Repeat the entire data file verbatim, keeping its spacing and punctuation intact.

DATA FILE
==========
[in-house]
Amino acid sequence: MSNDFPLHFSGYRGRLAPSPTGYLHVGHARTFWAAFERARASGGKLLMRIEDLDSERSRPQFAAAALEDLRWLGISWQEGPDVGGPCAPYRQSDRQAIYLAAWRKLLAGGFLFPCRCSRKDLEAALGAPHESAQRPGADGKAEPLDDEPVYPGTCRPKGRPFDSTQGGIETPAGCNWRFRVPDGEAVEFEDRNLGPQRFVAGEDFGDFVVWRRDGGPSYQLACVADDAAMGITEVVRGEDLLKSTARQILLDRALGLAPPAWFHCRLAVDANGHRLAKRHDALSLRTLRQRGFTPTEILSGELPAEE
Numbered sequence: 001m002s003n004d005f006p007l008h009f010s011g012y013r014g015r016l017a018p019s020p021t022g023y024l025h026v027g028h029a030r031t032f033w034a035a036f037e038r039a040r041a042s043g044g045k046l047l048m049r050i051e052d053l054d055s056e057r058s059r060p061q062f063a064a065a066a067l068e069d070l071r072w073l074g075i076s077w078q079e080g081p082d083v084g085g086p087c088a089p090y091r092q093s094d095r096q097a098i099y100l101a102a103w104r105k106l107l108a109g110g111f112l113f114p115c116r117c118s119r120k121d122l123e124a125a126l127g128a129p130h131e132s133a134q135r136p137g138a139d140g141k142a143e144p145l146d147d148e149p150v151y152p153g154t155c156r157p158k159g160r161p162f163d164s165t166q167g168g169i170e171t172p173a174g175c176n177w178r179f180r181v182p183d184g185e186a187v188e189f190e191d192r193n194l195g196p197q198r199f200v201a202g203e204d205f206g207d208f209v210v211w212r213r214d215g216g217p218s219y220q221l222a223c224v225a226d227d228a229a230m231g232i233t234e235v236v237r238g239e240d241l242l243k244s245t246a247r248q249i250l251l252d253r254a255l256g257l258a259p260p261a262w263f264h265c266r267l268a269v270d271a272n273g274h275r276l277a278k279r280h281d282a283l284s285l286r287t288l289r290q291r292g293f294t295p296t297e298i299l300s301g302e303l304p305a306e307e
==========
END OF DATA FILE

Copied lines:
[in-house]
Amino acid sequence: MSNDFPLHFSGYRGRLAPSPTGYLHVGHARTFWAAFERARASGGKLLMRIEDLDSERSRPQFAAAALEDLRWLGISWQEGPDVGGPCAPYRQSDRQAIYLAAWRKLLAGGFLFPCRCSRKDLEAALGAPHESAQRPGADGKAEPLDDEPVYPGTCRPKGRPFDSTQGGIETPAGCNWRFRVPDGEAVEFEDRNLGPQRFVAGEDFGDFVVWRRDGGPSYQLACVADDAAMGITEVVRGEDLLKSTARQILLDRALGLAPPAWFHCRLAVDANGHRLAKRHDALSLRTLRQRGFTPTEILSGELPAEE
Numbered sequence: 001m002s003n004d005f006p007l008h009f010s011g012y013r014g015r016l017a018p019s020p021t022g023y024l025h026v027g028h029a030r031t032f033w034a035a036f037e038r039a040r041a042s043g044g045k046l047l048m049r050i051e052d053l054d055s056e057r058s059r060p061q062f063a064a065a066a067l068e069d070l071r072w073l074g075i076s077w078q079e080g081p082d083v084g085g086p087c088a089p090y091r092q093s094d095r096q097a098i099y100l101a102a103w104r105k106l107l108a109g110g111f112l113f114p115c116r117c118s119r120k121d122l123e124a125a126l127g128a129p130h131e132s133a134q135r136p137g138a139d140g141k142a143e144p145l146d147d148e149p150v151y152p153g154t155c156r157p158k159g160r161p162f163d164s165t166q167g168g169i170e171t172p173a174g175c176n177w178r179f180r181v182p183d184g185e186a187v188e189f190e191d192r193n194l195g196p197q198r199f200v201a202g203e204d205f206g207d208f209v210v211w212r213r214d215g216g217p218s219y220q221l222a223c224v225a226d227d228a229a230m231g232i233t234e235v236v237r238g239e240d241l242l243k244s245t246a247r248q249i250l251l252d253r254a255l256g257l258a259p260p261a262w263f264h265c266r267l268a269v270d271a272n273g274h275r276l277a278k279r280h281d282a283l284s285l286r287t288l289r290q291r292g293f294t295p296t297e298i299l300s301g302e303l304p305a306e307e